Skip to main content

BlockingQueue to prevent OOM

Saw an interesting hack when a colleague sent me his code for review. We are a cloud storage company and people upload files and if they upload same file again and again it creates a new version. Some examples are quickbooks or outlook files that will generate multiple versions in a day if you have enabled real time sync on that folder where these files are stored. To optimize bandwidth we use rsync and do a  patch on server to reconstruct these large files but as we save the original file the customer gets charged the full size of the file. This is why customers configure version policy that they would allow 5 versions of the file and if a new one is uploaded we move the oldest to trash.  Now if the customer reduced the versions to keep from 5 to 2 then suddenly we have to delete all these versions.

So earlier to offload processing we had written a rest api that in streaming fashion would return list of deletable versions metadata.

/rest/public/getDeletableVersions   GET.

then a python script would call deleteVersions api in batch.

/rest/public/deleteVersions POST

now this was all complex to test so after 2 years we moved it back to tomcat and rewrote this as a quartz job.

so the programmer reused the code and wrote it as

List<DeletableVersionResponse> deletableVersions = storageService.getDeletableVersions(customerId);



 for(List<DeletableVersionResponse> batch: split(deletableVersions) ) {

   storageService.deleteVersions(batch) ;

}

Problem is that for bigger customers that had 10M+ versions this was causing OOM when we were trying to load all deletable versions.

So I asked the engineer to convert it in such a manner that the api would be
int numDeleted;
while((numDeleted=storageService.deleteNextBatchOfDeletableVersions(customerId))>0) {

}



but this required change in all the layers.



Instead the engineer came up with solution to use BlockingQueue.



So  what he did was

        BlockingQueue<DeletableVersionResponse> deletableVersionResponse = new ArrayBlockingQueue<DeletableVersionResponse>(
                eventBatchSize);
        Future future = executorService.submit(new DeletableVersionRequest(deletableVersionResponse, customerId));
        while (!(deletableVersionResponse.isEmpty() && future.isDone())) {
            processDeletableVersionResponse(user, deletableVersionResponse.poll());
        }

This was a creative way to solve OOM without changing a lot of layers of code.

Comments

Popular posts from this blog

RabbitMQ java clients for beginners

Here is a sample of a consumer and producer example for RabbitMQ. The steps are
Download ErlangDownload Rabbit MQ ServerDownload Rabbit MQ Java client jarsCompile and run the below two class and you are done.
This sample create a Durable Exchange, Queue and a Message. You will have to start the consumer first before you start the for the first time.

For more information on AMQP, Exchanges, Queues, read this excellent tutorial
http://blogs.digitar.com/jjww/2009/01/rabbits-and-warrens/

+++++++++++++++++RabbitMQProducer.java+++++++++++++++++++++++++++
import com.rabbitmq.client.Connection; import com.rabbitmq.client.Channel; import com.rabbitmq.client.*; public class RabbitMQProducer { public static void main(String []args) throws Exception { ConnectionFactory factory = new ConnectionFactory(); factory.setUsername("guest"); factory.setPassword("guest"); factory.setVirtualHost("/"); factory.setHost("127.0.0.1"); factory.setPort(5672); Conne…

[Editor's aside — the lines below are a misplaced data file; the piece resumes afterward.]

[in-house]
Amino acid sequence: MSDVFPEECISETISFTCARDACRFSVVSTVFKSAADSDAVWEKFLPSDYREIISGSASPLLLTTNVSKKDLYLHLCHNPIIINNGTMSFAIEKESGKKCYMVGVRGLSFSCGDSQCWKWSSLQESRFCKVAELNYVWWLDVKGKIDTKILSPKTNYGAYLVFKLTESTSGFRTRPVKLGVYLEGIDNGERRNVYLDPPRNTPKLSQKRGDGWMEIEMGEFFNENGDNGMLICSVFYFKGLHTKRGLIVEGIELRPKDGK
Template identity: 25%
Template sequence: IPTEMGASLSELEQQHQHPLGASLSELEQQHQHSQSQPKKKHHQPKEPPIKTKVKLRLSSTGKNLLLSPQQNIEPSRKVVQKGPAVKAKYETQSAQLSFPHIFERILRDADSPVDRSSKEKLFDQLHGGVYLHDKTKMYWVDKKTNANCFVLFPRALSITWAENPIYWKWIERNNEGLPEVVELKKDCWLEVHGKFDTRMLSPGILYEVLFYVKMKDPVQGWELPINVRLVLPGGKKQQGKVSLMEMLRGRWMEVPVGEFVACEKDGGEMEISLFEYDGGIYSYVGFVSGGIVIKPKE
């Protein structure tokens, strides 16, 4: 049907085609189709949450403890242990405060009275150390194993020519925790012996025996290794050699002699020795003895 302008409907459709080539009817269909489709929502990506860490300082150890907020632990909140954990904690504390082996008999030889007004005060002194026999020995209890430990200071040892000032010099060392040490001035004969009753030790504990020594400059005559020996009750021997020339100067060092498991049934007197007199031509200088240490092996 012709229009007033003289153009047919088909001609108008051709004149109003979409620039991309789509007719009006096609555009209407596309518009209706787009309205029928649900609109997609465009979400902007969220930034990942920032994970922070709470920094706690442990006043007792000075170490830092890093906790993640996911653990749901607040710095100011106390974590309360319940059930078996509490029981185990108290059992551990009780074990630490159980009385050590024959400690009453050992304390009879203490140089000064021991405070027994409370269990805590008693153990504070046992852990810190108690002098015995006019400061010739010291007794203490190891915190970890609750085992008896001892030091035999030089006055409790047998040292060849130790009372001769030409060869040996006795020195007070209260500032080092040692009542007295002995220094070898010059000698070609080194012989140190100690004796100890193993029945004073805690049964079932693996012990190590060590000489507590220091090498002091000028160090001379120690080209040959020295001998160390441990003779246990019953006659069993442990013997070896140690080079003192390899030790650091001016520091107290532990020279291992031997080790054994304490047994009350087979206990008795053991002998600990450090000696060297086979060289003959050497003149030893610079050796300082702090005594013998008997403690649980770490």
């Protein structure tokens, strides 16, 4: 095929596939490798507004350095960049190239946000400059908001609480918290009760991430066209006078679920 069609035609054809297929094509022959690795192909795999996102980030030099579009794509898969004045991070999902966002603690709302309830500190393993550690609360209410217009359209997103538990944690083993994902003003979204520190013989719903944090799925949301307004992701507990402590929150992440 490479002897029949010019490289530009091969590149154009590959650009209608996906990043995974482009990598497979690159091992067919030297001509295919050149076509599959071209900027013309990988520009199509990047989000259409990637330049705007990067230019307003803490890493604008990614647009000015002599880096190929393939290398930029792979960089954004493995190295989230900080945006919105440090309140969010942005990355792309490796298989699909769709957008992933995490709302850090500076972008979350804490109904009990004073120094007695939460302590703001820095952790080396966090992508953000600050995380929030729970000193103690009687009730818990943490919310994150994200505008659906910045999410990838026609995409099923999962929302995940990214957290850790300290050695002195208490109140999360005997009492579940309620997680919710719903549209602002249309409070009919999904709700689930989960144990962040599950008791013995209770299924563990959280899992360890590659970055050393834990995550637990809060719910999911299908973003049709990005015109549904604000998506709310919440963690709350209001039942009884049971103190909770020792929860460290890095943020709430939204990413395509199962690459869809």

Logging to Graphite monitoring tool from java

We use Graphite as a tool for monitoring some stats and watch trends. A requirement is to monitor impact of new releases as build is deployed to app nodes to see if things like
1) Has the memcache usage increased.
2) Has the no of Java exceptions went up.
3) Is the app using more tomcat threads.
Here is a screenshot

We changed the installer to log a deploy event when a new build is deployed. I wrote a simple spring bean to log graphite events using java. Logging to graphite is easy, all you need to do is open a socket and send lines of events.
import org.slf4j.Logger;import org.slf4j.LoggerFactory; import java.io.OutputStreamWriter; import java.io.Writer; import java.net.Socket; import java.util.HashMap; import java.util.Map; public class GraphiteLogger { private static final Logger logger = LoggerFactory.getLogger(GraphiteLogger.class); private String graphiteHost; private int graphitePort; public String getGraphiteHost() { return graphiteHost; } public void setGraphite…

What a rocky start to labor day weekend

Woke up by earthquake at 7:00 AM in morning and then couldn't get to sleep. I took a bath, made my tea and started checking emails and saw that after last night deployment three storage node out of 100s of nodes were running into Full GC. What was special about the 3 nodes was that each one was in a different Data centre but it was named same app02.  This got me curious I asked the node to be taken out of rotation and take a heap dump.  Yesterday night a new release has happened and I had upgraded spymemcached library version as new relic now natively supports instrumentation on it so it was a suspect. And the hunch was a bullseye, the heap dump clearly showed it taking 1.3G and full GCs were taking 6 sec but not claiming anything.



I have a quartz job in each jvm that takes a thread dump every 5 minutes and saves last 300 of them, checking few of them quickly showed a common thread among all 3 data centres. It seems there was a long running job that was trying to replicate pending…